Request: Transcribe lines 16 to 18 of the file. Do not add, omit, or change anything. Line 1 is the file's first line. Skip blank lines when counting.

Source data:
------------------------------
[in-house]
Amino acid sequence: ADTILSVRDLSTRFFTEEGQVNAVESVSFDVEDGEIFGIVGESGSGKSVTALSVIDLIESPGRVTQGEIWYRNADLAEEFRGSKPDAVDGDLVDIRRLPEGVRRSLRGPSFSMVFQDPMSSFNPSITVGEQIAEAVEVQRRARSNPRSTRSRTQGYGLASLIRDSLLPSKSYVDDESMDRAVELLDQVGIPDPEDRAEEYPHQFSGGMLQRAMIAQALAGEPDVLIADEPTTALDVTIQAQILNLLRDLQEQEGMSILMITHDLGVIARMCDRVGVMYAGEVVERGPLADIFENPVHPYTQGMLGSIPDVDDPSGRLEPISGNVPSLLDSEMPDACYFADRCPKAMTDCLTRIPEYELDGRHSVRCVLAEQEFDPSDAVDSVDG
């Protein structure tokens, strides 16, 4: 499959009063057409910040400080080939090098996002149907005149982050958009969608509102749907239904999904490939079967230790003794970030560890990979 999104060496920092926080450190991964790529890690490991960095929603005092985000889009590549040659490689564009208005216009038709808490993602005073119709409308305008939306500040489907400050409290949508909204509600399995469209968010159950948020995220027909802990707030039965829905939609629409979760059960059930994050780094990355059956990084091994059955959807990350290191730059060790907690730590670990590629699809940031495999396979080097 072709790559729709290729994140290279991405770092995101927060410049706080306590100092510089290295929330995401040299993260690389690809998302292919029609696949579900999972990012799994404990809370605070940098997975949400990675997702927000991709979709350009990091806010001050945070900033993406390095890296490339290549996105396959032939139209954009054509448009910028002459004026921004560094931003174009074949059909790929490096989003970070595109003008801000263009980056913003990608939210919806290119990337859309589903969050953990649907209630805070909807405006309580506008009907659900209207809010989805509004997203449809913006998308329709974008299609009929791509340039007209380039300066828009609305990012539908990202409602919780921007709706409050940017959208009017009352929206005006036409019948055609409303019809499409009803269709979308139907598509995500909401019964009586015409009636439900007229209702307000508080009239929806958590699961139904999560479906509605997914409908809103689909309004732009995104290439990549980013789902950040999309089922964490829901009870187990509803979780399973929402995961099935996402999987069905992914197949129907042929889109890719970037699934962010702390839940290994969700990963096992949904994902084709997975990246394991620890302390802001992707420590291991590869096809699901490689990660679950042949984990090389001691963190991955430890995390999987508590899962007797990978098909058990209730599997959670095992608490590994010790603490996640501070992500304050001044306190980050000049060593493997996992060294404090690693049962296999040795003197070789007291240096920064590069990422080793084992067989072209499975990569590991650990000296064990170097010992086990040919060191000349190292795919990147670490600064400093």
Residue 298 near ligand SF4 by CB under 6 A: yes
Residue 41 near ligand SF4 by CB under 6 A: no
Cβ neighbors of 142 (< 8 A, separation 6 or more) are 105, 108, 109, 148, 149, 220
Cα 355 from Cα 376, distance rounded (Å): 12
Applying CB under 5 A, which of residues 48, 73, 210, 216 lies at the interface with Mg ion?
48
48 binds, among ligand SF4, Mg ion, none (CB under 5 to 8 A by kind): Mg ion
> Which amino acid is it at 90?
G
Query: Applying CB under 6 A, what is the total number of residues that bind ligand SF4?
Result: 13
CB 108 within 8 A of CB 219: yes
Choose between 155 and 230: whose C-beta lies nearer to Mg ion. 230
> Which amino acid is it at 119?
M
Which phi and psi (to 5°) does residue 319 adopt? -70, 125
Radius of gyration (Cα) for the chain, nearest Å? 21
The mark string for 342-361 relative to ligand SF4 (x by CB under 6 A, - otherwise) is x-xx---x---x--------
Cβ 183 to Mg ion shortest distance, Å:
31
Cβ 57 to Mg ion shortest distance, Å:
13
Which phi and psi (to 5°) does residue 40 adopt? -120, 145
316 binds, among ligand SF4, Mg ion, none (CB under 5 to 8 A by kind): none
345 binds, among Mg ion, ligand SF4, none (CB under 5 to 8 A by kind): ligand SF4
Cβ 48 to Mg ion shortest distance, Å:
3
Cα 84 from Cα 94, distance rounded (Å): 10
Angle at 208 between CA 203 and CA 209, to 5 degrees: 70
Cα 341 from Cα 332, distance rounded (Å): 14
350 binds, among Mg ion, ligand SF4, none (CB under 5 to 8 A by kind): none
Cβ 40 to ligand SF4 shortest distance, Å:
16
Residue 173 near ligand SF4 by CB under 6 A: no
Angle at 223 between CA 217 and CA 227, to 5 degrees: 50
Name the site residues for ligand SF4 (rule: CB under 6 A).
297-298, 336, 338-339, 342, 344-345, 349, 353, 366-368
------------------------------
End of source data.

Choose between 155 and 230: whose C-beta lies nearer to Mg ion. 230
> Which amino acid is it at 119?
M